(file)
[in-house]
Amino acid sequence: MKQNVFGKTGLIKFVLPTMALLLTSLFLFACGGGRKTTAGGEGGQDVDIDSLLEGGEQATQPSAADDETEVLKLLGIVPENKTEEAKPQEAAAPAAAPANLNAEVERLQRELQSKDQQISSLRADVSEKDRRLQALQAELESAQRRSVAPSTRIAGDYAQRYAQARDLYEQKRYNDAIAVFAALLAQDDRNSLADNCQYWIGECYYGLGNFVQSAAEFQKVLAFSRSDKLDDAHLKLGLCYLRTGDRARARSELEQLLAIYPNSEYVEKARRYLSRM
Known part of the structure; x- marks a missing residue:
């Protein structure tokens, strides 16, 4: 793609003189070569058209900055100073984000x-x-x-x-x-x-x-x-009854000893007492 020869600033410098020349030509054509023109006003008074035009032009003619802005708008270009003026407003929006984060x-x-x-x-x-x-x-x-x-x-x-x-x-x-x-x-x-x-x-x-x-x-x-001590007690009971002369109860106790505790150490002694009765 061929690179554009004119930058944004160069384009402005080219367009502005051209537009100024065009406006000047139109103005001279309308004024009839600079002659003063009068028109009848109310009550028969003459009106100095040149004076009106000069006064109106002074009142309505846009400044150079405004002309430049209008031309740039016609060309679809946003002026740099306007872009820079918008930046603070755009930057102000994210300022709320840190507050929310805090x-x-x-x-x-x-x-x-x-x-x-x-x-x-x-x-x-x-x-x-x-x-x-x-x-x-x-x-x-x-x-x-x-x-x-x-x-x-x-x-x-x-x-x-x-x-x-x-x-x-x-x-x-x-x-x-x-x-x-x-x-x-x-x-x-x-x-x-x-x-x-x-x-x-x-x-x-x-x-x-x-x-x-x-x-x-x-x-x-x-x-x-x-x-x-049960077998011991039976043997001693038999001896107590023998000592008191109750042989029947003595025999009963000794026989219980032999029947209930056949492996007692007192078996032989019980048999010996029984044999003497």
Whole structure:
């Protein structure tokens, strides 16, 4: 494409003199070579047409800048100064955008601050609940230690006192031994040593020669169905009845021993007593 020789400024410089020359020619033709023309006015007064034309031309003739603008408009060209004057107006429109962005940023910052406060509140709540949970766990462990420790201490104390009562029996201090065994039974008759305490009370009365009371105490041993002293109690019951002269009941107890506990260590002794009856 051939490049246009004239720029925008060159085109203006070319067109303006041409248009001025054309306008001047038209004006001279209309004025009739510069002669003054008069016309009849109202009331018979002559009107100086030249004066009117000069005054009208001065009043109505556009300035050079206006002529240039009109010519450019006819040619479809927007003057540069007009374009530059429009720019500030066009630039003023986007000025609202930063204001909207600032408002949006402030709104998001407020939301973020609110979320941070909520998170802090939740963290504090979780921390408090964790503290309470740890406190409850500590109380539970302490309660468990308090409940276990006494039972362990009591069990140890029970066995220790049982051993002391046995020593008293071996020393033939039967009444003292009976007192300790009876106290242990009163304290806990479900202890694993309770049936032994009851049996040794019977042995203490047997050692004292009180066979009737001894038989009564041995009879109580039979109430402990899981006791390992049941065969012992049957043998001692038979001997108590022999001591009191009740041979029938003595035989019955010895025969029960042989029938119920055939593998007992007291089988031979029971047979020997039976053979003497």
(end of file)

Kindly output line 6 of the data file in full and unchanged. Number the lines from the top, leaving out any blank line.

């Protein structure tokens, strides 16, 4: 494409003199070579047409800048100064955008601050609940230690006192031994040593020669169905009845021993007593 020789400024410089020359020619033709023309006015007064034309031309003739603008408009060209004057107006429109962005940023910052406060509140709540949970766990462990420790201490104390009562029996201090065994039974008759305490009370009365009371105490041993002293109690019951002269009941107890506990260590002794009856 051939490049246009004239720029925008060159085109203006070319067109303006041409248009001025054309306008001047038209004006001279209309004025009739510069002669003054008069016309009849109202009331018979002559009107100086030249004066009117000069005054009208001065009043109505556009300035050079206006002529240039009109010519450019006819040619479809927007003057540069007009374009530059429009720019500030066009630039003023986007000025609202930063204001909207600032408002949006402030709104998001407020939301973020609110979320941070909520998170802090939740963290504090979780921390408090964790503290309470740890406190409850500590109380539970302490309660468990308090409940276990006494039972362990009591069990140890029970066995220790049982051993002391046995020593008293071996020393033939039967009444003292009976007192300790009876106290242990009163304290806990479900202890694993309770049936032994009851049996040794019977042995203490047997050692004292009180066979009737001894038989009564041995009879109580039979109430402990899981006791390992049941065969012992049957043998001692038979001997108590022999001591009191009740041979029938003595035989019955010895025969029960042989029938119920055939593998007992007291089988031979029971047979020997039976053979003497």